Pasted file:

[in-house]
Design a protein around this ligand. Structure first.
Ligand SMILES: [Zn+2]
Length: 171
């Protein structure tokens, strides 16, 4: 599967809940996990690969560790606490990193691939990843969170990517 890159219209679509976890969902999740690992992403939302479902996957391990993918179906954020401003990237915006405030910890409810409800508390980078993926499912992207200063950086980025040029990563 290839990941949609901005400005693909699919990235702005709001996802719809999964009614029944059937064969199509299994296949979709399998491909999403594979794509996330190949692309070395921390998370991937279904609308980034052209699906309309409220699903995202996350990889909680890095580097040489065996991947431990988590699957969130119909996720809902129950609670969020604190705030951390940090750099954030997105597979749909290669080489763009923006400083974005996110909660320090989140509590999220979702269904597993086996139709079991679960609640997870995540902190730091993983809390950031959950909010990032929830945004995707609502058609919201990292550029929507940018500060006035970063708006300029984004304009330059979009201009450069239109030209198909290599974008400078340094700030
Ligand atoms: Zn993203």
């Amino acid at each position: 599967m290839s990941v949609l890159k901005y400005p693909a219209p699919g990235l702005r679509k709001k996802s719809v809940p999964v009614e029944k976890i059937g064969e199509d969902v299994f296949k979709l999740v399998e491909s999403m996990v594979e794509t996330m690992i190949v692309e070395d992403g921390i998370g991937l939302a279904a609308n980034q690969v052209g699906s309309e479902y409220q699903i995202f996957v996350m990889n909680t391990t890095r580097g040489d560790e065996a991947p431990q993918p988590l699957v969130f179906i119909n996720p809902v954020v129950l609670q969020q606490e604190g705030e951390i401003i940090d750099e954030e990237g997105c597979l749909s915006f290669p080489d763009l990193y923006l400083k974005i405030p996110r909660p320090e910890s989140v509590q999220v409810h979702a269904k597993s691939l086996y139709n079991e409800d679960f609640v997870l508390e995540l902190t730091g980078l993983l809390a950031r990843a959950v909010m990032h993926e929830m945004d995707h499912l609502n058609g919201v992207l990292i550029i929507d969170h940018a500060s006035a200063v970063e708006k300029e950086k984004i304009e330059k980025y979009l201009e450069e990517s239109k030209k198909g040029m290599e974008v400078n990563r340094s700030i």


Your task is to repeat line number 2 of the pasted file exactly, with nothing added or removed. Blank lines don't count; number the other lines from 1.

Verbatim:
Design a protein around this ligand. Structure first.